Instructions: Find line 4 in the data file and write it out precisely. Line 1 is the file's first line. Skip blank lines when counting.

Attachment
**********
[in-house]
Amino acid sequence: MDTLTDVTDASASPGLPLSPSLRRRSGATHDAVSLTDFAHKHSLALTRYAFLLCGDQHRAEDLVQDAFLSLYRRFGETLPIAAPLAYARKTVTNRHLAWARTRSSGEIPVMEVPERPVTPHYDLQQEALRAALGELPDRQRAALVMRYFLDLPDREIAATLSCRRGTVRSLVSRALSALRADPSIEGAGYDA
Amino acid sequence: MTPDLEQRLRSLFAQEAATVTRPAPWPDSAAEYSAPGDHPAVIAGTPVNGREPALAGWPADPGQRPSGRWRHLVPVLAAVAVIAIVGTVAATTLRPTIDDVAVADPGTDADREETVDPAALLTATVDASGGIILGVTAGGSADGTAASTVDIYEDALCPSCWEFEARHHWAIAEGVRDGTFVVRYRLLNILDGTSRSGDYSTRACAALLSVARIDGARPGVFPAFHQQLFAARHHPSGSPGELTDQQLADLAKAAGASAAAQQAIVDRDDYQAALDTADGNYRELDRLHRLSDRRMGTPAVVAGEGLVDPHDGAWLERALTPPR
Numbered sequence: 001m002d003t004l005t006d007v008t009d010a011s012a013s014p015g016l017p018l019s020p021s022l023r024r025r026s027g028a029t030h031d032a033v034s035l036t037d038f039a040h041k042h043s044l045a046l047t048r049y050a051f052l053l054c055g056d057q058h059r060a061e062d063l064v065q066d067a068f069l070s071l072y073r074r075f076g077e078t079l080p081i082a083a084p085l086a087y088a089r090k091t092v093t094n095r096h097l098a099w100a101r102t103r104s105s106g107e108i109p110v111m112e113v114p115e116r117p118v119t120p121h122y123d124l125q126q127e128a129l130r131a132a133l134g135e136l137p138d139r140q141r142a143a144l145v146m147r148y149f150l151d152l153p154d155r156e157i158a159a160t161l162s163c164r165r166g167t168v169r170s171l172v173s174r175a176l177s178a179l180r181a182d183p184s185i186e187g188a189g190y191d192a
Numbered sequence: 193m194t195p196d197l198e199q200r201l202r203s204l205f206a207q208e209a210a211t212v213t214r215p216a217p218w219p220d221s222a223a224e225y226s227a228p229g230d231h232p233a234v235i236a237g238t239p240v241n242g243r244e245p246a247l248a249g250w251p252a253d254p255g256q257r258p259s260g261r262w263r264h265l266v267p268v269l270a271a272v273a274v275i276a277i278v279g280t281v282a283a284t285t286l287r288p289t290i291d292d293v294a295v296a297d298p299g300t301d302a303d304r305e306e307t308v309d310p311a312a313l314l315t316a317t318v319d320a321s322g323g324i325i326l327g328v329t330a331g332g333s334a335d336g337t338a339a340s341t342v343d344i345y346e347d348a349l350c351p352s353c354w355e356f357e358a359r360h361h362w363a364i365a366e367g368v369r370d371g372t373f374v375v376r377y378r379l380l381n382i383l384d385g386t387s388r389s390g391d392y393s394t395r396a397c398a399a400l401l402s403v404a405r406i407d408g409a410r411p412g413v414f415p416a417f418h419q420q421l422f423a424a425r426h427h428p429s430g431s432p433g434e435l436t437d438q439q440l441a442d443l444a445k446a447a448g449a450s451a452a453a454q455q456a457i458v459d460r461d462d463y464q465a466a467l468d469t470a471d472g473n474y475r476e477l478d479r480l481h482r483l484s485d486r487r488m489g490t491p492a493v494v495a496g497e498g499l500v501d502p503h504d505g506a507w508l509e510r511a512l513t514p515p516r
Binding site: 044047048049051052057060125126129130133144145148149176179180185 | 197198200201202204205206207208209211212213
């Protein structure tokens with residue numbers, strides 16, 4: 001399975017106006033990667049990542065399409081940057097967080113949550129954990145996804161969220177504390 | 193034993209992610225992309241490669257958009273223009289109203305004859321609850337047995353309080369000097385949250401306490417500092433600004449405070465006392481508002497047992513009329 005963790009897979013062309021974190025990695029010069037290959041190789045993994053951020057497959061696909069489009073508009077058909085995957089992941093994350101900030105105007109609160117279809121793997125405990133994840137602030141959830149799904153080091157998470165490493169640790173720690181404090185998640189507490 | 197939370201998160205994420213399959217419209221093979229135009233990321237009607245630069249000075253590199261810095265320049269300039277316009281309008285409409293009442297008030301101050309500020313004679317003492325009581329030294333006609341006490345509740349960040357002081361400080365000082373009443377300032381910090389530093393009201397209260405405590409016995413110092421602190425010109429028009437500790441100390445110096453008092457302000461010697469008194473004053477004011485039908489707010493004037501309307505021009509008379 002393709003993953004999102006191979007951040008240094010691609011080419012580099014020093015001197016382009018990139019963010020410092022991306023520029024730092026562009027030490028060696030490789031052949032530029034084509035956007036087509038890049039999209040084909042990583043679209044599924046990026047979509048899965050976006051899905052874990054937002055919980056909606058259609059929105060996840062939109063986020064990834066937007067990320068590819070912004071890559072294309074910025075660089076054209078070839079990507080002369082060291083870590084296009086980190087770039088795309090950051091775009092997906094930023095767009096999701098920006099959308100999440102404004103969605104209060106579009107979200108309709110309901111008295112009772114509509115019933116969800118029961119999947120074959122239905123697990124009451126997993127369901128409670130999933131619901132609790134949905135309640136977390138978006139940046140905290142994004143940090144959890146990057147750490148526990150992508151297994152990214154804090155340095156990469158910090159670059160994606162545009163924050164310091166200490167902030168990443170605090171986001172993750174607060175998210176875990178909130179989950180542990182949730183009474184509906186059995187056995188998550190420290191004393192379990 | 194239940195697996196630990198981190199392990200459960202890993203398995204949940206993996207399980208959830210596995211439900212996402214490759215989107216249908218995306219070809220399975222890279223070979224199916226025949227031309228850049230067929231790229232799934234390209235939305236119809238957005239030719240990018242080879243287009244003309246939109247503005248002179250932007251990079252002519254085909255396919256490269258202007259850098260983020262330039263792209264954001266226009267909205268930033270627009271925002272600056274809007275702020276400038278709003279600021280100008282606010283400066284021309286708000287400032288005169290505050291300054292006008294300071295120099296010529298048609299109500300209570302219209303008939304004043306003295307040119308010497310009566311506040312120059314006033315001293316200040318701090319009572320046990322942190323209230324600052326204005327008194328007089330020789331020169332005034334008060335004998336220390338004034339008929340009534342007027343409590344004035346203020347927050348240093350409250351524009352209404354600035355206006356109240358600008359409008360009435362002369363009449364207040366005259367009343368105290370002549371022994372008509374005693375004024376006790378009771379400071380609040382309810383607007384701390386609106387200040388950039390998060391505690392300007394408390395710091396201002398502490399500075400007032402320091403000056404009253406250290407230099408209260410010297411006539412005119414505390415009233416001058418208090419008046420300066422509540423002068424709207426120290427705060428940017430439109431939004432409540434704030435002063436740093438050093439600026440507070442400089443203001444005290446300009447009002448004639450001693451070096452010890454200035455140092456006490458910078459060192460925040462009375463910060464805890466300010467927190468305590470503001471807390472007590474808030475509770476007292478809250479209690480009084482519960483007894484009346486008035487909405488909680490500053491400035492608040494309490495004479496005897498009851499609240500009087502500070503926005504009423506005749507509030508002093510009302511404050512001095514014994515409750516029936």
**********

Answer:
Numbered sequence: 001m002d003t004l005t006d007v008t009d010a011s012a013s014p015g016l017p018l019s020p021s022l023r024r025r026s027g028a029t030h031d032a033v034s035l036t037d038f039a040h041k042h043s044l045a046l047t048r049y050a051f052l053l054c055g056d057q058h059r060a061e062d063l064v065q066d067a068f069l070s071l072y073r074r075f076g077e078t079l080p081i082a083a084p085l086a087y088a089r090k091t092v093t094n095r096h097l098a099w100a101r102t103r104s105s106g107e108i109p110v111m112e113v114p115e116r117p118v119t120p121h122y123d124l125q126q127e128a129l130r131a132a133l134g135e136l137p138d139r140q141r142a143a144l145v146m147r148y149f150l151d152l153p154d155r156e157i158a159a160t161l162s163c164r165r166g167t168v169r170s171l172v173s174r175a176l177s178a179l180r181a182d183p184s185i186e187g188a189g190y191d192a